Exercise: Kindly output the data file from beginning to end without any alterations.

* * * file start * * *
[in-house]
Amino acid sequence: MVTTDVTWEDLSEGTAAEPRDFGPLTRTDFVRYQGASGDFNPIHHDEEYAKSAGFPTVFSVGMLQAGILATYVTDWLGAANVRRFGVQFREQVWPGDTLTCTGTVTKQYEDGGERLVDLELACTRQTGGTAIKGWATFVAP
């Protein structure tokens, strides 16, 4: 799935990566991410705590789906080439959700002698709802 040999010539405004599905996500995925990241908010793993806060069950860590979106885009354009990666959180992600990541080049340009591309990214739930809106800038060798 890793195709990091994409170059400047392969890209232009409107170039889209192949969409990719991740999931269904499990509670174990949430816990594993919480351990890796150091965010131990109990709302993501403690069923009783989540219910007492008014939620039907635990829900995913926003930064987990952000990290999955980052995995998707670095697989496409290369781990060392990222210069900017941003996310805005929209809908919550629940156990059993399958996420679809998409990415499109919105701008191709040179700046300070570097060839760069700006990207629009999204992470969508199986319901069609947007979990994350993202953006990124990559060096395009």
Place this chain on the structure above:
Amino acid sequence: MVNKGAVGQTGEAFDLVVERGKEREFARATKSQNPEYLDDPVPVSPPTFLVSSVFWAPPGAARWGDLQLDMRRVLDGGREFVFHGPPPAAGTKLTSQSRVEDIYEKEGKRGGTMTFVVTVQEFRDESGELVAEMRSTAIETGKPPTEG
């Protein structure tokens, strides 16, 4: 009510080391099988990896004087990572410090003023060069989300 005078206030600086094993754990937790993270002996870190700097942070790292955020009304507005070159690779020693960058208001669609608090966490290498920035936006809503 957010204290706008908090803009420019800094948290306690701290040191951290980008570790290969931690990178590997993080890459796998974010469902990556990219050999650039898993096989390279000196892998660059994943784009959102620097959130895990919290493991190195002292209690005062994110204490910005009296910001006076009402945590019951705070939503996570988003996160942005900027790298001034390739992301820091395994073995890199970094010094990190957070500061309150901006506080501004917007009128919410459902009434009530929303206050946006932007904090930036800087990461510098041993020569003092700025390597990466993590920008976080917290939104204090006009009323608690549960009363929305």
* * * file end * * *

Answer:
[in-house]
Amino acid sequence: MVTTDVTWEDLSEGTAAEPRDFGPLTRTDFVRYQGASGDFNPIHHDEEYAKSAGFPTVFSVGMLQAGILATYVTDWLGAANVRRFGVQFREQVWPGDTLTCTGTVTKQYEDGGERLVDLELACTRQTGGTAIKGWATFVAP
């Protein structure tokens, strides 16, 4: 799935990566991410705590789906080439959700002698709802 040999010539405004599905996500995925990241908010793993806060069950860590979106885009354009990666959180992600990541080049340009591309990214739930809106800038060798 890793195709990091994409170059400047392969890209232009409107170039889209192949969409990719991740999931269904499990509670174990949430816990594993919480351990890796150091965010131990109990709302993501403690069923009783989540219910007492008014939620039907635990829900995913926003930064987990952000990290999955980052995995998707670095697989496409290369781990060392990222210069900017941003996310805005929209809908919550629940156990059993399958996420679809998409990415499109919105701008191709040179700046300070570097060839760069700006990207629009999204992470969508199986319901069609947007979990994350993202953006990124990559060096395009």
Place this chain on the structure above:
Amino acid sequence: MVNKGAVGQTGEAFDLVVERGKEREFARATKSQNPEYLDDPVPVSPPTFLVSSVFWAPPGAARWGDLQLDMRRVLDGGREFVFHGPPPAAGTKLTSQSRVEDIYEKEGKRGGTMTFVVTVQEFRDESGELVAEMRSTAIETGKPPTEG
């Protein structure tokens, strides 16, 4: 009510080391099988990896004087990572410090003023060069989300 005078206030600086094993754990937790993270002996870190700097942070790292955020009304507005070159690779020693960058208001669609608090966490290498920035936006809503 957010204290706008908090803009420019800094948290306690701290040191951290980008570790290969931690990178590997993080890459796998974010469902990556990219050999650039898993096989390279000196892998660059994943784009959102620097959130895990919290493991190195002292209690005062994110204490910005009296910001006076009402945590019951705070939503996570988003996160942005900027790298001034390739992301820091395994073995890199970094010094990190957070500061309150901006506080501004917007009128919410459902009434009530929303206050946006932007904090930036800087990461510098041993020569003092700025390597990466993590920008976080917290939104204090006009009323608690549960009363929305």